Container Gardening Pests
- They tend to be isolated on a patio or a deck
- They are generally more accessible and visited more frequently by us, so we can spot a pest issue before it becomes a huge problem
- The container walls reduce crawling pest invasions
But our Contra Costa container growing guru, Terry Lippert says, “Just about any insect pest that is a problem for plants grown in-ground can also attack container grown plants—flying insects in particular. I’ve had fewer crawling insects (e.g. sow bugs, earwigs, snails and slugs) in my containers, as compared to in-ground beds. It helps to have tall containers!”
Your container or patio garden is often more humid and sometimes protected from drying winds. Pests love a humid environment. Flying insects are just as prevalent in containers as in the garden. Ants can also bring in aphids that they then “farm” for sticky nectar. Plus, your plants may have already been infected when you bought them at the local garden center. Here is an abbreviated list of bugs for which you should be on the lookout:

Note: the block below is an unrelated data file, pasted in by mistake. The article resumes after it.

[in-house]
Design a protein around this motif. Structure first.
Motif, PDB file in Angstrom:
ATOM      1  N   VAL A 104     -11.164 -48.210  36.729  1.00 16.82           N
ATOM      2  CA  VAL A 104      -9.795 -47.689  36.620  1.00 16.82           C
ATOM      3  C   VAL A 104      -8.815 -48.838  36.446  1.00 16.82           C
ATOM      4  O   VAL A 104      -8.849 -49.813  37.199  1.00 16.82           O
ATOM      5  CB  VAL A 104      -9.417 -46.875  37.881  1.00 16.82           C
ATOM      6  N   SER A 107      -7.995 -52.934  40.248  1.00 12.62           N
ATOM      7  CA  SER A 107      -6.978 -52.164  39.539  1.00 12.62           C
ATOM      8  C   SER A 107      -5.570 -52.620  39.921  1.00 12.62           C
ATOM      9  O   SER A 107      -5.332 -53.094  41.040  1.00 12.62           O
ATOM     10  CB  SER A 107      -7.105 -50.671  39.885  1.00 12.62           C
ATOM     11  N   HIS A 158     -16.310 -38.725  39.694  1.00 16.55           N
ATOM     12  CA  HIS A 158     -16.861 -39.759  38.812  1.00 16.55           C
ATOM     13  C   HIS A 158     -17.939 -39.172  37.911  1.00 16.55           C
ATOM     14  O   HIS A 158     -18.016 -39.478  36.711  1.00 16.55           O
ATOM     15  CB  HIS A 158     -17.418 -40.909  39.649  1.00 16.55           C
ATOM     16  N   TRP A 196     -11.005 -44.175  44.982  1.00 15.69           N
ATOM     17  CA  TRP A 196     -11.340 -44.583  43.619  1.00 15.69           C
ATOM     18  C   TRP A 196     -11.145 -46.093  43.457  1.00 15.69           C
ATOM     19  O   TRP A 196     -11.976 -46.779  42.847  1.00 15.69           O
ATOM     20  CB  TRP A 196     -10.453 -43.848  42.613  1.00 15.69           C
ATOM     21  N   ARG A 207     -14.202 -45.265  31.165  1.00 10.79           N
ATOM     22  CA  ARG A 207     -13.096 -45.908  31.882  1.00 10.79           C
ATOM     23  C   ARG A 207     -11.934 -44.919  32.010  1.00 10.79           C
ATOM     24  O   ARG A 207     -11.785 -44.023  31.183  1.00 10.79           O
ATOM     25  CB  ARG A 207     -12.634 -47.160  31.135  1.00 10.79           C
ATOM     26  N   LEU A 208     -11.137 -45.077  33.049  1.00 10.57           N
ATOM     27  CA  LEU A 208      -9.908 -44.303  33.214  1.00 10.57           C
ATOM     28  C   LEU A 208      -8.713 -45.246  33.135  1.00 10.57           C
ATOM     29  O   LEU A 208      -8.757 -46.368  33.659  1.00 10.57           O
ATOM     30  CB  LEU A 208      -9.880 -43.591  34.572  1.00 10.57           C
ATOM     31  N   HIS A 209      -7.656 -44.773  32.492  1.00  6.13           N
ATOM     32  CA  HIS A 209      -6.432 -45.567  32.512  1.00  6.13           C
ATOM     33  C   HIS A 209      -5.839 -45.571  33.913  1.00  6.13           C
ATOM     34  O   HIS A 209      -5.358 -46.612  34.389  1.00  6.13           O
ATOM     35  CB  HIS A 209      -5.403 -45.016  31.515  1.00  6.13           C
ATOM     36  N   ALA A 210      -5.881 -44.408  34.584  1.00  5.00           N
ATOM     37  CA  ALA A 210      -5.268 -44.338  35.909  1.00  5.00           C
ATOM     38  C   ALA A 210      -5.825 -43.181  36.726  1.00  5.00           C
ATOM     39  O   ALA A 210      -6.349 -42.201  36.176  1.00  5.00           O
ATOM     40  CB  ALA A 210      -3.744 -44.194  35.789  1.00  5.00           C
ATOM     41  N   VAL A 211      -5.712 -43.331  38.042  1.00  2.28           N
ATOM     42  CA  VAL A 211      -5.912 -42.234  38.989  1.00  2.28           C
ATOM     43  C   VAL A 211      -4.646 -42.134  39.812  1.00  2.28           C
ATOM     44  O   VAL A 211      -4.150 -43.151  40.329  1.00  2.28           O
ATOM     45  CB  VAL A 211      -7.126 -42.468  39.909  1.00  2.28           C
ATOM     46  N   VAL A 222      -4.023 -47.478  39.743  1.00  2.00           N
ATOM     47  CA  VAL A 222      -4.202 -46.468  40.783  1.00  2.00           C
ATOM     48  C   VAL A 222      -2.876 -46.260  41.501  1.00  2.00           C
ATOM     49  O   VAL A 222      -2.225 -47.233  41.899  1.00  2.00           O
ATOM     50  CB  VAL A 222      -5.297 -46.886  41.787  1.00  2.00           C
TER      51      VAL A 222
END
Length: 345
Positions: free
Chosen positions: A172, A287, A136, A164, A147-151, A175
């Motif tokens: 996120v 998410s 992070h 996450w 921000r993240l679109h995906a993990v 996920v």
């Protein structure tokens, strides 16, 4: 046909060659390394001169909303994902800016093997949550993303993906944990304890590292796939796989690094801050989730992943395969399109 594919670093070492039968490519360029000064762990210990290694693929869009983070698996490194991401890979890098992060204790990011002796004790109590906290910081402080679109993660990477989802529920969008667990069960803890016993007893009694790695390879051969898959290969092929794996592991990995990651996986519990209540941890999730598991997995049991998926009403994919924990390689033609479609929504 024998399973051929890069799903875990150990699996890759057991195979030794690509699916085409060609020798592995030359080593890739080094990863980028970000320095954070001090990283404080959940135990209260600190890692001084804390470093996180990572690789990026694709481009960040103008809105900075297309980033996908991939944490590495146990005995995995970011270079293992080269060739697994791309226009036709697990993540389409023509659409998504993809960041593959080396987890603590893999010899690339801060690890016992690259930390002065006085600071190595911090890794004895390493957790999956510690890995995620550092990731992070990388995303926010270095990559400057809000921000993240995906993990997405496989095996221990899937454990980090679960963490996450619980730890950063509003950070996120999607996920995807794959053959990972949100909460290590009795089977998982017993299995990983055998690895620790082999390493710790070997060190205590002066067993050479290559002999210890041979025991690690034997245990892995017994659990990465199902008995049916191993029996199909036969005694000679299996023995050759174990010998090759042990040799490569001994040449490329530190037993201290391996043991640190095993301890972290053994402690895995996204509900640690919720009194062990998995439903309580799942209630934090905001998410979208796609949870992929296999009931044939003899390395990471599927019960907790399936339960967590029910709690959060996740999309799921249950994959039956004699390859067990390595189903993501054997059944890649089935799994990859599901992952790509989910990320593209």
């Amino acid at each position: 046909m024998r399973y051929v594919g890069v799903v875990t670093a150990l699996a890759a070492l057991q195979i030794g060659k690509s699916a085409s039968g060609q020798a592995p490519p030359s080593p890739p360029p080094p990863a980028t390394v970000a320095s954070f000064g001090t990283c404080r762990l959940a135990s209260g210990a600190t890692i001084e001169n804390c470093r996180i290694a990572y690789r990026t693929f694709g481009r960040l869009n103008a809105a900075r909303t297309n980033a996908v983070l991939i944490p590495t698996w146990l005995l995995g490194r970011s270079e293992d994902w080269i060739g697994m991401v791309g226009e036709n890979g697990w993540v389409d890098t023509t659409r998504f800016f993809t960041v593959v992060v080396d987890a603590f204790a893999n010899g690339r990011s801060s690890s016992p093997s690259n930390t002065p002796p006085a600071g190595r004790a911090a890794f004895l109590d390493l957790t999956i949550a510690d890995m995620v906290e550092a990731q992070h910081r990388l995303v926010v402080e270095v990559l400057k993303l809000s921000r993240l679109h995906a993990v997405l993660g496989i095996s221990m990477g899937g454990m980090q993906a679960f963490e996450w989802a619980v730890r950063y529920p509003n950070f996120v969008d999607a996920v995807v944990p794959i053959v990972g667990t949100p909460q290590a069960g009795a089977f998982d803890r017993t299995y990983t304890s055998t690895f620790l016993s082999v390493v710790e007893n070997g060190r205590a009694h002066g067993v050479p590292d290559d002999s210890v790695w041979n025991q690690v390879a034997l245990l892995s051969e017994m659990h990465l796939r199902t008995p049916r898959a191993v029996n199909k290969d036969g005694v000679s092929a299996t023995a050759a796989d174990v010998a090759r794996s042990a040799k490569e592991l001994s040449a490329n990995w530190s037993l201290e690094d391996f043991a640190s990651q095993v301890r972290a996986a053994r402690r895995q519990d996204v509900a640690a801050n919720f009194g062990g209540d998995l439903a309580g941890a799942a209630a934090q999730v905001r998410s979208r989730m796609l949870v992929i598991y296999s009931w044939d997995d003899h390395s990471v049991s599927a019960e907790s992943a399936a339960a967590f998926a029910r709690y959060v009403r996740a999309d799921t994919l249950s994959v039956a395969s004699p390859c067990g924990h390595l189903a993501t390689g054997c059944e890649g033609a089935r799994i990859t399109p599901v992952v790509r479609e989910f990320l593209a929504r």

• Mealybugs- These cottony white pests suck out vital juices from your plants.
• Scale- Usually dark or black in color and cling to stems where they suck juices.
• White fly- Numbers can quickly build up. Look on the undersides of leaves.
• Spider mites- Bright red and the largest mite can be seen running around on leaves.
• Ants (and aphids)- The combination can deform leaves and introduce other problems.
http://ipm.ucanr.edu/PMG/PESTNOTES/pn7411.html and http://ipm.ucanr.edu/PMG/PESTNOTES/pn7404.html
Once they become established, pests can be difficult to control. How can you minimize this long list of critters in the first place? Practice good gardening hygiene! Wash out your empty containers with soap and warm water. Use a fresh bag of potting mix instead of your own garden soil and use fresh gloves and clean tools. Thoroughly check your new plants for signs of bugs or infestation before planting them in your container. Recycle your previously used potting mix into your garden and not back into a new container as it may contain harmful fungus, bacteria, or insect eggs.
For further information online, search for “UCANR container gardening”.
Article by David George, UC Master Gardener of Contra Costa County
Images courtesy of UC ANR